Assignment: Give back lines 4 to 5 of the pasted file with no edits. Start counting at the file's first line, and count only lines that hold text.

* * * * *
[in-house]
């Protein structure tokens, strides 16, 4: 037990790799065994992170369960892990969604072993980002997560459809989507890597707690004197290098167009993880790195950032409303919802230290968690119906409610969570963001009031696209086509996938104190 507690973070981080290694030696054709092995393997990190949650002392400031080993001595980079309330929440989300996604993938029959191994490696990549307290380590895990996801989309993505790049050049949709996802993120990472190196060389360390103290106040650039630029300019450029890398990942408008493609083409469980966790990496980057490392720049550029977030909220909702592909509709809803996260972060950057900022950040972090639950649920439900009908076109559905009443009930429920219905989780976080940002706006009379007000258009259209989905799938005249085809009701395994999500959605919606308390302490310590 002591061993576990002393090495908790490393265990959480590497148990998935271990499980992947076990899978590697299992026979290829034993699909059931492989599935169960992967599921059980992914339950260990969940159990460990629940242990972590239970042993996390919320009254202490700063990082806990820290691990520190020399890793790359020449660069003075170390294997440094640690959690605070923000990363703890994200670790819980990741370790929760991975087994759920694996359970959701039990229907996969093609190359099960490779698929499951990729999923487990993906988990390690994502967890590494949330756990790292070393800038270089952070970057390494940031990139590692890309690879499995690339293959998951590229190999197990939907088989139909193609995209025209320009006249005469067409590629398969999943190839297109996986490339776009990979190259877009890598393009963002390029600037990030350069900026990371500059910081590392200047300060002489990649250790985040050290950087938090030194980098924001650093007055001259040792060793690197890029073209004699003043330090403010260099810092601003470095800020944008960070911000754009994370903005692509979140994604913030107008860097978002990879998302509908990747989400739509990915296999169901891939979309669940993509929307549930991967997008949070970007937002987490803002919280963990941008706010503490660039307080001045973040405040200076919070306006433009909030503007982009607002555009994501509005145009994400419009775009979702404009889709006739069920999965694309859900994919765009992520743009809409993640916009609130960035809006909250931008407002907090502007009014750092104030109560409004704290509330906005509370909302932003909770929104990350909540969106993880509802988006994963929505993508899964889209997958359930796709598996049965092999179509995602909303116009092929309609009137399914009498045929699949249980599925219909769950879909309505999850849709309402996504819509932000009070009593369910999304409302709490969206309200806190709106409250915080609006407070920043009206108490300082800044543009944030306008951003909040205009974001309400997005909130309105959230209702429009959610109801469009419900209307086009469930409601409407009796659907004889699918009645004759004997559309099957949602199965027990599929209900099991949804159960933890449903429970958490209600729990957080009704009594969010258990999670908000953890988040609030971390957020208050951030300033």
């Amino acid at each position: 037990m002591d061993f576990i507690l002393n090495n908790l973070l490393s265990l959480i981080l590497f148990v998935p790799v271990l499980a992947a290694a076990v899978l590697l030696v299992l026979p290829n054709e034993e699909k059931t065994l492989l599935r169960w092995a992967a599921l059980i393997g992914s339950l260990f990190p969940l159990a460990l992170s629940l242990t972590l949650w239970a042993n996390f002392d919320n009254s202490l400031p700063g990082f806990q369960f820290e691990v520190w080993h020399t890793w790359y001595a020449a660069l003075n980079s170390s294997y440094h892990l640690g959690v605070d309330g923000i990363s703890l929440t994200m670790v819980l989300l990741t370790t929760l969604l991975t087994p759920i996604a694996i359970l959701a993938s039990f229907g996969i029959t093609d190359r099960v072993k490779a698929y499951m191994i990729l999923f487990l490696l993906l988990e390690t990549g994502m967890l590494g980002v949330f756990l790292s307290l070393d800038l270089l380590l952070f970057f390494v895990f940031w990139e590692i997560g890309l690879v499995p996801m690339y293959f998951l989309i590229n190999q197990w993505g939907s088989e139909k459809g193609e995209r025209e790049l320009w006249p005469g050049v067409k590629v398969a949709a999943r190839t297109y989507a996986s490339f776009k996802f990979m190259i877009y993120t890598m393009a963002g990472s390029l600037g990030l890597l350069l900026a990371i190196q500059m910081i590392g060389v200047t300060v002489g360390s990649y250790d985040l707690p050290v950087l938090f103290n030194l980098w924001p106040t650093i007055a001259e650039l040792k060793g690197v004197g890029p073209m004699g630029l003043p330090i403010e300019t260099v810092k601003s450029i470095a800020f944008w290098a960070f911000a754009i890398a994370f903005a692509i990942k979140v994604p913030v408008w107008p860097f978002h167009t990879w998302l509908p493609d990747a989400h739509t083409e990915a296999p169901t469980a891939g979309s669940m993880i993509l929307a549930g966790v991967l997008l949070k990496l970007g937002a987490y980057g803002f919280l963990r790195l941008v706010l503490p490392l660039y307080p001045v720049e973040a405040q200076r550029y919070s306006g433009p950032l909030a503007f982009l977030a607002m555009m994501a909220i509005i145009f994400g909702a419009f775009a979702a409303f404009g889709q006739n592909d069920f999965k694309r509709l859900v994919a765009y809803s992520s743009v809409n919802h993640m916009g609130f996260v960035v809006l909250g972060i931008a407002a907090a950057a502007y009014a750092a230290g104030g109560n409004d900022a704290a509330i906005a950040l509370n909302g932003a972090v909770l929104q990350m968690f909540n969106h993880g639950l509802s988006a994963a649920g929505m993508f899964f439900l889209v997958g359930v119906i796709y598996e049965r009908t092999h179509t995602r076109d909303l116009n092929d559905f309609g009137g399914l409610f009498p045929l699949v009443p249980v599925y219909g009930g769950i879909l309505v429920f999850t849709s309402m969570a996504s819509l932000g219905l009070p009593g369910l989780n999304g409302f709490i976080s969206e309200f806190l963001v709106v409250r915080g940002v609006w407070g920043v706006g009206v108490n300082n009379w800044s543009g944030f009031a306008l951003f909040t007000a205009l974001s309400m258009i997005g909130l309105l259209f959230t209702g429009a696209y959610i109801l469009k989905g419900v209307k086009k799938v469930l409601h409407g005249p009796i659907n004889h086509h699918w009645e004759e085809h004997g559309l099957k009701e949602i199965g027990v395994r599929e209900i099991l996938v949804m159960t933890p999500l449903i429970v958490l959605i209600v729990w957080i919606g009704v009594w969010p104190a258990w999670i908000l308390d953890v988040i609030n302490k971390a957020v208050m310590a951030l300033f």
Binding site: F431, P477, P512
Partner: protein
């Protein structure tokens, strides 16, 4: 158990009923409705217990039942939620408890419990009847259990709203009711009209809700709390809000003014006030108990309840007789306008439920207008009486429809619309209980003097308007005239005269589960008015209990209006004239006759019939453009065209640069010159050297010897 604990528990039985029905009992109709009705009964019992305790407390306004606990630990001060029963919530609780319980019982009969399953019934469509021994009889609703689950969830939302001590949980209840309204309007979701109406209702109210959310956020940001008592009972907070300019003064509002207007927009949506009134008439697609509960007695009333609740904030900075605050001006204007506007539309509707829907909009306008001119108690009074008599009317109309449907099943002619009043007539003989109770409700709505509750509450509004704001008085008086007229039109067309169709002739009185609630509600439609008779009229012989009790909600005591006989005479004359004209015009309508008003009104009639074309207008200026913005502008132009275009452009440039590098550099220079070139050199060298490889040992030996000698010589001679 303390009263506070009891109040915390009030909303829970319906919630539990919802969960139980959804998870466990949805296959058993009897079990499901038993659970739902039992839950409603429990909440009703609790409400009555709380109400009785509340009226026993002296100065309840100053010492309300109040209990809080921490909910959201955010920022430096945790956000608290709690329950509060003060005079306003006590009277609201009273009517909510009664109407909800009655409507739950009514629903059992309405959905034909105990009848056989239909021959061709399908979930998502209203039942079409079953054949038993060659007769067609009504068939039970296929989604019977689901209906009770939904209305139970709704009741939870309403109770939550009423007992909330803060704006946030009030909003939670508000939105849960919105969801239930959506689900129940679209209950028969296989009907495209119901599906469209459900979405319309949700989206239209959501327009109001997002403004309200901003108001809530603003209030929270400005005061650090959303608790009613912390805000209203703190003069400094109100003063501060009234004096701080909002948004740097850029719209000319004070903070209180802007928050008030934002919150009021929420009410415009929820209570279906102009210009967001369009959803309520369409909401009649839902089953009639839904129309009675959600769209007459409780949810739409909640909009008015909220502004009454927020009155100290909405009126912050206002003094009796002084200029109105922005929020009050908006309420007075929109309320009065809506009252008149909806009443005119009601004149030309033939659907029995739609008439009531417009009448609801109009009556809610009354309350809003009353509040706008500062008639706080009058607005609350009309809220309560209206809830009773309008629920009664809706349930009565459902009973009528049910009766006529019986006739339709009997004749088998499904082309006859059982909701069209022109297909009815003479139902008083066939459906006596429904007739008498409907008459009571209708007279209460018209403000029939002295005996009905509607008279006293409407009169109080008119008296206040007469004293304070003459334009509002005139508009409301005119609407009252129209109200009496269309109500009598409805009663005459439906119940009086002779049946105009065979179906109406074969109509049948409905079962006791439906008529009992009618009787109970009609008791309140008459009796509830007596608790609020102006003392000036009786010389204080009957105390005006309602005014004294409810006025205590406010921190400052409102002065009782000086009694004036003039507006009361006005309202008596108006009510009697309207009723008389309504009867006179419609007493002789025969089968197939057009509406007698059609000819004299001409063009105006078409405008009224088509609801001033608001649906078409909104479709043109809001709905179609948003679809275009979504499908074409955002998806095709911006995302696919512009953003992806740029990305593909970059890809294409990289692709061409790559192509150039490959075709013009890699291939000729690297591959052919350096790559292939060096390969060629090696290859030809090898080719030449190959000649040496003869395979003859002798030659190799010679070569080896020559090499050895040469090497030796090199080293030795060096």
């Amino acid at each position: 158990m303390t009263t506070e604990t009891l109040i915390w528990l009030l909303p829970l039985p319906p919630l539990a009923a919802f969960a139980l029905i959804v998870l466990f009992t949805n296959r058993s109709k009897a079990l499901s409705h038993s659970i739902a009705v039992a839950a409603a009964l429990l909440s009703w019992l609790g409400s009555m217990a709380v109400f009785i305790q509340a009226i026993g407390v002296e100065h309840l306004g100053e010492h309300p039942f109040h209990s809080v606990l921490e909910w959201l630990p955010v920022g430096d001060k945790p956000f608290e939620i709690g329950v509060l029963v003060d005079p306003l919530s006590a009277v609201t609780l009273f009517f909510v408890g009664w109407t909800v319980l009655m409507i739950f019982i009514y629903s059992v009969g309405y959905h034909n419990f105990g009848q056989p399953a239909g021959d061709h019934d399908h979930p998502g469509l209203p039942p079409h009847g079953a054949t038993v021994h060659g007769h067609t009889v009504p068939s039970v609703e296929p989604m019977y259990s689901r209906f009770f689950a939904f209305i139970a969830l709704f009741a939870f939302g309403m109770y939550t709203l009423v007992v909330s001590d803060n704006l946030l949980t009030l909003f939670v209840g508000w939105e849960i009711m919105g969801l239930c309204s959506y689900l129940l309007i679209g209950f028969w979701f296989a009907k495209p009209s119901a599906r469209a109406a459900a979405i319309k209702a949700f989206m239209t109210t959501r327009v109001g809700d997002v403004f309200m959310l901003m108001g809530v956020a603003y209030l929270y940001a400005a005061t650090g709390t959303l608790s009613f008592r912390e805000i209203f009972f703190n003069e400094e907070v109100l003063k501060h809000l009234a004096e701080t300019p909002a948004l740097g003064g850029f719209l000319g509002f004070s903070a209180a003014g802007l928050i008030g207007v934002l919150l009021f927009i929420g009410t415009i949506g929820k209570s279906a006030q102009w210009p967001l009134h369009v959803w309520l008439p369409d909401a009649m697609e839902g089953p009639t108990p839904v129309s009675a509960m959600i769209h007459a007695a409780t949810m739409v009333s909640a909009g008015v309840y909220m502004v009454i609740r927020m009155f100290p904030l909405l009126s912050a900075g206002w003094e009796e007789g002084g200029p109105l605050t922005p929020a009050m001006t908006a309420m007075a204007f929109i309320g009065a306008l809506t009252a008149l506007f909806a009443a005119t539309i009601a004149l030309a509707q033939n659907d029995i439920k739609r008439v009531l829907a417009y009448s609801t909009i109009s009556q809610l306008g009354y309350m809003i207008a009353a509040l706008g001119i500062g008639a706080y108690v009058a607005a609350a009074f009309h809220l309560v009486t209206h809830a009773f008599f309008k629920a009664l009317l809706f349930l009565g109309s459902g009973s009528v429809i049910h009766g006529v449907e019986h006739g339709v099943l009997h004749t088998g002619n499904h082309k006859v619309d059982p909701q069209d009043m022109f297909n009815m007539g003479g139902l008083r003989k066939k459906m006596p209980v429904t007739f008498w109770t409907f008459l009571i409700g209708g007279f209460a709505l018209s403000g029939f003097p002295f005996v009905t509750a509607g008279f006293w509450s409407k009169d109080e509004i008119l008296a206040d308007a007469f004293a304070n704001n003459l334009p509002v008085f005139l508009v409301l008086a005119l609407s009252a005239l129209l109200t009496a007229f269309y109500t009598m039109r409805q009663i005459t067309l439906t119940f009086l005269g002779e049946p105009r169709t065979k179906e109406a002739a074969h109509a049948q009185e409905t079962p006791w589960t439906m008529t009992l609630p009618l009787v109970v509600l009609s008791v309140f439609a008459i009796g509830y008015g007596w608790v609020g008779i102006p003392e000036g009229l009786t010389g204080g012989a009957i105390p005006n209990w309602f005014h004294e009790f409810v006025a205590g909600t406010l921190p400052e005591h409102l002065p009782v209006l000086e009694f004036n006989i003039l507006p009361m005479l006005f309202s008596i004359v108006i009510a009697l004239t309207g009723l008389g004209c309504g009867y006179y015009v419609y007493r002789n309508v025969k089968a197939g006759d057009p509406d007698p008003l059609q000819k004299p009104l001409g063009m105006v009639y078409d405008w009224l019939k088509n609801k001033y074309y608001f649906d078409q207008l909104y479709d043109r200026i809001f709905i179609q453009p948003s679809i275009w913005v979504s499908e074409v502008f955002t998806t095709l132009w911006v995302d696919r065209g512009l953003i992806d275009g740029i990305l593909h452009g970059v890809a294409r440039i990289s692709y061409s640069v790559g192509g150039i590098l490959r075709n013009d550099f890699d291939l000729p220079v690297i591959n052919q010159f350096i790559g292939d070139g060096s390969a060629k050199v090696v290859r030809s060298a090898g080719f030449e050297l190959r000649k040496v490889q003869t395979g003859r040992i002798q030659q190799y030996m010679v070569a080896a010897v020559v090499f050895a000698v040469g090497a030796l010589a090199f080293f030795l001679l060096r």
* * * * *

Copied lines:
Binding site: F431, P477, P512
Partner: protein